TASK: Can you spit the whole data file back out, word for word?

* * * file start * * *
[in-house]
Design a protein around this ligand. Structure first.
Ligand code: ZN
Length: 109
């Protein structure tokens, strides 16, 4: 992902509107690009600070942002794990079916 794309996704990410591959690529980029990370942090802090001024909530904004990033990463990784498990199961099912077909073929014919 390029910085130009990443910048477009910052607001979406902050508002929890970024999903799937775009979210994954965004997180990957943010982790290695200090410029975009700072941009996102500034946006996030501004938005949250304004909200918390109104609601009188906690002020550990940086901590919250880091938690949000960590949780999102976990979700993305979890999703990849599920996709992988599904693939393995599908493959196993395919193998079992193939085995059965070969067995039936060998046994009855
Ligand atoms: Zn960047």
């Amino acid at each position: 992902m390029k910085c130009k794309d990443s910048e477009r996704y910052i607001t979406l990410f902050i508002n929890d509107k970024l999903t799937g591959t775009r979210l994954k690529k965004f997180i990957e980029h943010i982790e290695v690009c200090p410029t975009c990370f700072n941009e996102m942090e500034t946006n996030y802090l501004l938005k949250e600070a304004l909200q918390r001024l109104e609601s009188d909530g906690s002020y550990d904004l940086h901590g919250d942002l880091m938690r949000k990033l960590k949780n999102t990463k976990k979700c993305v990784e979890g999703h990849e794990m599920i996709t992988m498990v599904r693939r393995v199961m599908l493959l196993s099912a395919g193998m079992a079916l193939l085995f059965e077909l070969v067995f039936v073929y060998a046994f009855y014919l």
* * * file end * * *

[in-house]
Design a protein around this ligand. Structure first.
Ligand code: ZN
Length: 109
């Protein structure tokens, strides 16, 4: 992902509107690009600070942002794990079916 794309996704990410591959690529980029990370942090802090001024909530904004990033990463990784498990199961099912077909073929014919 390029910085130009990443910048477009910052607001979406902050508002929890970024999903799937775009979210994954965004997180990957943010982790290695200090410029975009700072941009996102500034946006996030501004938005949250304004909200918390109104609601009188906690002020550990940086901590919250880091938690949000960590949780999102976990979700993305979890999703990849599920996709992988599904693939393995599908493959196993395919193998079992193939085995059965070969067995039936060998046994009855
Ligand atoms: Zn960047």
């Amino acid at each position: 992902m390029k910085c130009k794309d990443s910048e477009r996704y910052i607001t979406l990410f902050i508002n929890d509107k970024l999903t799937g591959t775009r979210l994954k690529k965004f997180i990957e980029h943010i982790e290695v690009c200090p410029t975009c990370f700072n941009e996102m942090e500034t946006n996030y802090l501004l938005k949250e600070a304004l909200q918390r001024l109104e609601s009188d909530g906690s002020y550990d904004l940086h901590g919250d942002l880091m938690r949000k990033l960590k949780n999102t990463k976990k979700c993305v990784e979890g999703h990849e794990m599920i996709t992988m498990v599904r693939r393995v199961m599908l493959l196993s099912a395919g193998m079992a079916l193939l085995f059965e077909l070969v067995f039936v073929y060998a046994f009855y014919l």